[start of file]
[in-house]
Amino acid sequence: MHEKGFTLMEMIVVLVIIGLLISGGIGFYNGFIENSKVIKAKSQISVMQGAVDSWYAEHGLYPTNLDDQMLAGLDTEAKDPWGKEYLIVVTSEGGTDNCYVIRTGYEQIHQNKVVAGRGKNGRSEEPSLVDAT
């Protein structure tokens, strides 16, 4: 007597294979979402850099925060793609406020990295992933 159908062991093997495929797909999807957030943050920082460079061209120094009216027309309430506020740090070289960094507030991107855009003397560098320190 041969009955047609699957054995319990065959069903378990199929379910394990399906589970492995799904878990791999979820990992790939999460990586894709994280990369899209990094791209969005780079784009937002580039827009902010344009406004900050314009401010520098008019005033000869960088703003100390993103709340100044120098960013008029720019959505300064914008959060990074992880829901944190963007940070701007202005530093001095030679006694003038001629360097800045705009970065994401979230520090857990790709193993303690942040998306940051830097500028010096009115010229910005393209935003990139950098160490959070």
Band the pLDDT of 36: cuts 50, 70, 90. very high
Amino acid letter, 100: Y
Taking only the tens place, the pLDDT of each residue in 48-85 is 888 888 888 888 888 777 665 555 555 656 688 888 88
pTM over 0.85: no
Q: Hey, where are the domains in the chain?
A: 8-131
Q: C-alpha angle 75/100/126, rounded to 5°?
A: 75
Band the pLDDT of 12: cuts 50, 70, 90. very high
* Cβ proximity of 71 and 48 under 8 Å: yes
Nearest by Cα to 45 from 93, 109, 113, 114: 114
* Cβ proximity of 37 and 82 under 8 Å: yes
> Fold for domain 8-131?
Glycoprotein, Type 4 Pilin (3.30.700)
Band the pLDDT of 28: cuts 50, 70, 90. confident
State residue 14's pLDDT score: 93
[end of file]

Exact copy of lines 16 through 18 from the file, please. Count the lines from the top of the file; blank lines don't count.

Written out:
> Fold for domain 8-131?
Glycoprotein, Type 4 Pilin (3.30.700)
Band the pLDDT of 28: cuts 50, 70, 90. confident